Frequently Asked Questions

Our frequently asked questions page is an ever growing resource for you, the customer. So, if you're question isn't answered here, email us and we'll not only get you the correct information, we'll add you question to FAQ for future reference.

  1. What makes up a battery and what type do I need?

There are a few different designs when it comes to batteries, but the big three are Flooded, Gel Cell, and AGM. These are all versions of the lead acid battery. Flooded comes in two styles: serviceable and maintenance-free. Both are filled with electrolytes. The downside of a flooded battery is they have a tendency to leak if they are involved in an accident or get turned the wrong way. AGM and GelCellbatteries are becoming more common, but are still considered a specialty battery and will typically cost more. However, what you give up with the cost you gain back in increased safety. They store extremely well and don’t tend to sulfate or degrade as easily as a flooded battery. There’s little chance of a hydrogen gas explosion or corrosion when using these batteries.

  1. When do I need: 16-volt or 12-Volt?

The simple fact of the matter is that 16 volts provides a 4 volt cushion to the electrical system over a 12 volt system. Instead of a full charge open circuit of 12.6 (2.1 volts per cell times 6), the 16 volt battery offers a full charge voltage of 16.8 (2.1 volts per cell times 8). A discharged battery with a specific gravity of 1.175 produces around 1.75 volts per cell. This means that even when totally discharged, a 16 volt battery will produce 14 volts as opposed to a 12 volt discharged battery producing only 10.5 volts. The voltage of a 16 volt battery will exceed the minimum recommended voltages of a racing ignition even when it is totally discharged!  16V works better than 12V in any race application, whether it is dragracing or dirtrack, when you are not running an alternator on the vehicle. 12V is more recommended for street use when an alternator is being used.

  1. What does AGM mean?

AGM stands for Absorbent Glass-Mat.  The AGM battery is sealed and poses no risk of acid leakage. This allows for teams to mount the battery whichever direction is best and easiest for them without worries of the battery leaking.

  1. My battery is dead, can it be saved and make it one more week?

Think twice before you recycle a battery that you think is bad. That very same battery might be able to be saved. In many cases, AGM batteries that are assumed to be bad may actually be perfectly fine, just deeply discharged. To recover an AGM battery it is suggested to slowly trickle charge(1.5-2amp) the battery up to around 10.5V before trying to charge the battery with a 25amp charger.  Starting at 25amps could cause the battery to overheat and swell.

  1. How do I properly charge my battery?

Remember, newer chargers keep up with battery technology. Many newer battery chargers, or Smart Chargers, have microprocessors that collect information from the battery and adjust the current and voltage accordingly. But if you can’t afford a new charger, low and slow is best. A low-amp charger (1 to 15 amps) is always the best choice for charging any lead acid battery. It’s quicker to charge at higher amperage, but it also generates a lot of heat, which reduces the life of a battery, just like the raging heat of summer.

  1. If my vehicle is in storage or isn’t used everyday, how do I store the battery?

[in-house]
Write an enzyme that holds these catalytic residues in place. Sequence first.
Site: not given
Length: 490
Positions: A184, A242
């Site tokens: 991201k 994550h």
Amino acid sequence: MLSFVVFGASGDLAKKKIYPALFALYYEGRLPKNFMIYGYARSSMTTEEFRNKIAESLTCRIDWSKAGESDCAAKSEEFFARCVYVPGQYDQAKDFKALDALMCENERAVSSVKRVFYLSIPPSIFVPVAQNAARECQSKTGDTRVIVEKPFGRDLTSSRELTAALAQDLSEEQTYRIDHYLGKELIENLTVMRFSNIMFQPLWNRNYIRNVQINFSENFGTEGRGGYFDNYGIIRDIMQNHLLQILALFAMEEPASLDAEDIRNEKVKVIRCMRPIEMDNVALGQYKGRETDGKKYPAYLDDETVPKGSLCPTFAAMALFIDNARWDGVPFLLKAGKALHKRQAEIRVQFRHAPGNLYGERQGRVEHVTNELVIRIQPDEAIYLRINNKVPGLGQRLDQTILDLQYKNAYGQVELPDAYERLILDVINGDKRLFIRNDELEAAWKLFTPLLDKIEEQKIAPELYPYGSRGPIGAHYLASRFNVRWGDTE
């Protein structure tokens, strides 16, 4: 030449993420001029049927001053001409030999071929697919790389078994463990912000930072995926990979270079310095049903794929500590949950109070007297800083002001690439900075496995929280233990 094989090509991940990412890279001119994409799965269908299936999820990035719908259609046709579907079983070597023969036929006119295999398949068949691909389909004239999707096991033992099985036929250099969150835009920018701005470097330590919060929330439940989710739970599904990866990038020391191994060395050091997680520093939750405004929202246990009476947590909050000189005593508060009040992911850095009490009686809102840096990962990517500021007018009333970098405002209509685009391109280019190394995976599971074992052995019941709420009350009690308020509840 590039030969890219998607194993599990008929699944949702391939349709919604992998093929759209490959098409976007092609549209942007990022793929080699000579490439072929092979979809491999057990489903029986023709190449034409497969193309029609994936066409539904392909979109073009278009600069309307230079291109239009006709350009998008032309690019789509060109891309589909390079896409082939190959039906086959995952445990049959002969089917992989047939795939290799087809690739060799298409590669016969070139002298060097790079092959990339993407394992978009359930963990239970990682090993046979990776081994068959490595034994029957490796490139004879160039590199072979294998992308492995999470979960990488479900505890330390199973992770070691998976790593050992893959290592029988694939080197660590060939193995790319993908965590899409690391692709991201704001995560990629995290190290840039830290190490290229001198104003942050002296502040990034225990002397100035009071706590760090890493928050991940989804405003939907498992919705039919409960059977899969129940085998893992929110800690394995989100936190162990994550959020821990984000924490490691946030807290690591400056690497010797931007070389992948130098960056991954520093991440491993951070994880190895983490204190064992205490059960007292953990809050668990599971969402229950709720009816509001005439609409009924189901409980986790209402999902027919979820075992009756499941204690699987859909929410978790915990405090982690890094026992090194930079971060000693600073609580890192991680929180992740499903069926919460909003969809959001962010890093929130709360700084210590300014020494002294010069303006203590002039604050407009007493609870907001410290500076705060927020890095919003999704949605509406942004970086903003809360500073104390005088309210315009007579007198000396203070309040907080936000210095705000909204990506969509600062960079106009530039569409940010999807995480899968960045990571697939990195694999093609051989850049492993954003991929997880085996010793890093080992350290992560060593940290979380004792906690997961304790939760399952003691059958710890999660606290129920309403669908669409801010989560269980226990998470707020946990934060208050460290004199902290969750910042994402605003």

All batteries gradually lose their charge when stored over long periods of time. However, AGM batteries lose their charge much more slowly. This helps to prevent the battery from becoming overly discharged during storage, but it won’t completely protect it from damage. You could take the battery out of the car and store it over the winter but first check the voltage to ensure the battery has a full charge. If it’s not fully charged, give it a boost prior to storage. Then, you can either loosen the negative terminal and disconnect it from the battery, or take the battery out of the vehicle. Either way, all the electrical draw on the battery will cease and your battery will be protected. In spring, the battery will have drained some but should still have enough power to start your vehicle. Don’t leave it up to the alternator to fully recharge the battery though; that’s not what it’s for. Instead, use a battery charger to top it off. You’ll extend the life of the battery by doing this and it never hurts to just put the battery on a maintainer for the entire time the battery / vehicle is being stored.

  1. Can I charge my battery at the racetrack?

I would hope you would. This could help eliminate problems at the track. But there are some circumstances that would prevent you from charging the battery in the pits. If you are “bumping” the engine over to adjust the valves, this will cause the charger to surge and can blow out the circuit board in the charger. The charger is constantly sensing the voltage and adjusting it while it charges. When you turn the engine over, this causes the voltage in the battery to drop very quickly, which will in turn signal the charger to increase the amperage immediately and could harm the charger. Also, if you’re warming up the engine, this could lead to the same type of damage from bumping the engine over. Conclusion Most battery problems result from someone not taking the time to properly maintain the battery. Yes, batteries will eventually die on you, but if you monitor your charge, and keep a close eye on what is happening to them you can avoid these common and basic problems. And when that battery does finally give up, make sure that you dispose of it properly. Millions of batteries end up in landfills every year, leaching toxic chemicals into the environment. County recycling centers will happily take your dead battery for free, and auto parts retailers will take your old battery when you buy a new one.